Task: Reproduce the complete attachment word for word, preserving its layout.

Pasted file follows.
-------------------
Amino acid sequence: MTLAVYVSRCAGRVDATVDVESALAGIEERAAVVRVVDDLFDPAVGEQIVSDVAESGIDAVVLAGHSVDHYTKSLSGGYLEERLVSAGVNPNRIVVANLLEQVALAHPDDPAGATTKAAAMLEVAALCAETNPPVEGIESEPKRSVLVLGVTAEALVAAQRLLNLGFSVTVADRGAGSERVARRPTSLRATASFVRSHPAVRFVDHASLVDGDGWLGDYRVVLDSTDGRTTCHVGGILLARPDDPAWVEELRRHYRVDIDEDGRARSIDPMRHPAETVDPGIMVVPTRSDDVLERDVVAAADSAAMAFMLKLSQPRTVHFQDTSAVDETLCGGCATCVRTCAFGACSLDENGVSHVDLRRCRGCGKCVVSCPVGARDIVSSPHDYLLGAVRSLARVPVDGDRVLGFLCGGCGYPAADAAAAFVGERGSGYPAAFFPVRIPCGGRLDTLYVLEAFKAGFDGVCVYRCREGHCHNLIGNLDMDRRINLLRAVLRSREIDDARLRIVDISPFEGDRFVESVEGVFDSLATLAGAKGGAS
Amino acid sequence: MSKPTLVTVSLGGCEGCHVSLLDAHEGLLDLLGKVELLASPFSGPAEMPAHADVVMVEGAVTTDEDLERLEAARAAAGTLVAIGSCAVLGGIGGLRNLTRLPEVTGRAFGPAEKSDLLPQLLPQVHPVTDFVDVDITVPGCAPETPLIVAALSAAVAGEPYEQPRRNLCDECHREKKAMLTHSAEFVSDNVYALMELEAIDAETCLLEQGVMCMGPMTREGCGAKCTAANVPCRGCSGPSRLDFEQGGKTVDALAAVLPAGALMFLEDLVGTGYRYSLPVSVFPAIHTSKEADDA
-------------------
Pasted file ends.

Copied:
Amino acid sequence: MTLAVYVSRCAGRVDATVDVESALAGIEERAAVVRVVDDLFDPAVGEQIVSDVAESGIDAVVLAGHSVDHYTKSLSGGYLEERLVSAGVNPNRIVVANLLEQVALAHPDDPAGATTKAAAMLEVAALCAETNPPVEGIESEPKRSVLVLGVTAEALVAAQRLLNLGFSVTVADRGAGSERVARRPTSLRATASFVRSHPAVRFVDHASLVDGDGWLGDYRVVLDSTDGRTTCHVGGILLARPDDPAWVEELRRHYRVDIDEDGRARSIDPMRHPAETVDPGIMVVPTRSDDVLERDVVAAADSAAMAFMLKLSQPRTVHFQDTSAVDETLCGGCATCVRTCAFGACSLDENGVSHVDLRRCRGCGKCVVSCPVGARDIVSSPHDYLLGAVRSLARVPVDGDRVLGFLCGGCGYPAADAAAAFVGERGSGYPAAFFPVRIPCGGRLDTLYVLEAFKAGFDGVCVYRCREGHCHNLIGNLDMDRRINLLRAVLRSREIDDARLRIVDISPFEGDRFVESVEGVFDSLATLAGAKGGAS
Amino acid sequence: MSKPTLVTVSLGGCEGCHVSLLDAHEGLLDLLGKVELLASPFSGPAEMPAHADVVMVEGAVTTDEDLERLEAARAAAGTLVAIGSCAVLGGIGGLRNLTRLPEVTGRAFGPAEKSDLLPQLLPQVHPVTDFVDVDITVPGCAPETPLIVAALSAAVAGEPYEQPRRNLCDECHREKKAMLTHSAEFVSDNVYALMELEAIDAETCLLEQGVMCMGPMTREGCGAKCTAANVPCRGCSGPSRLDFEQGGKTVDALAAVLPAGALMFLEDLVGTGYRYSLPVSVFPAIHTSKEADDA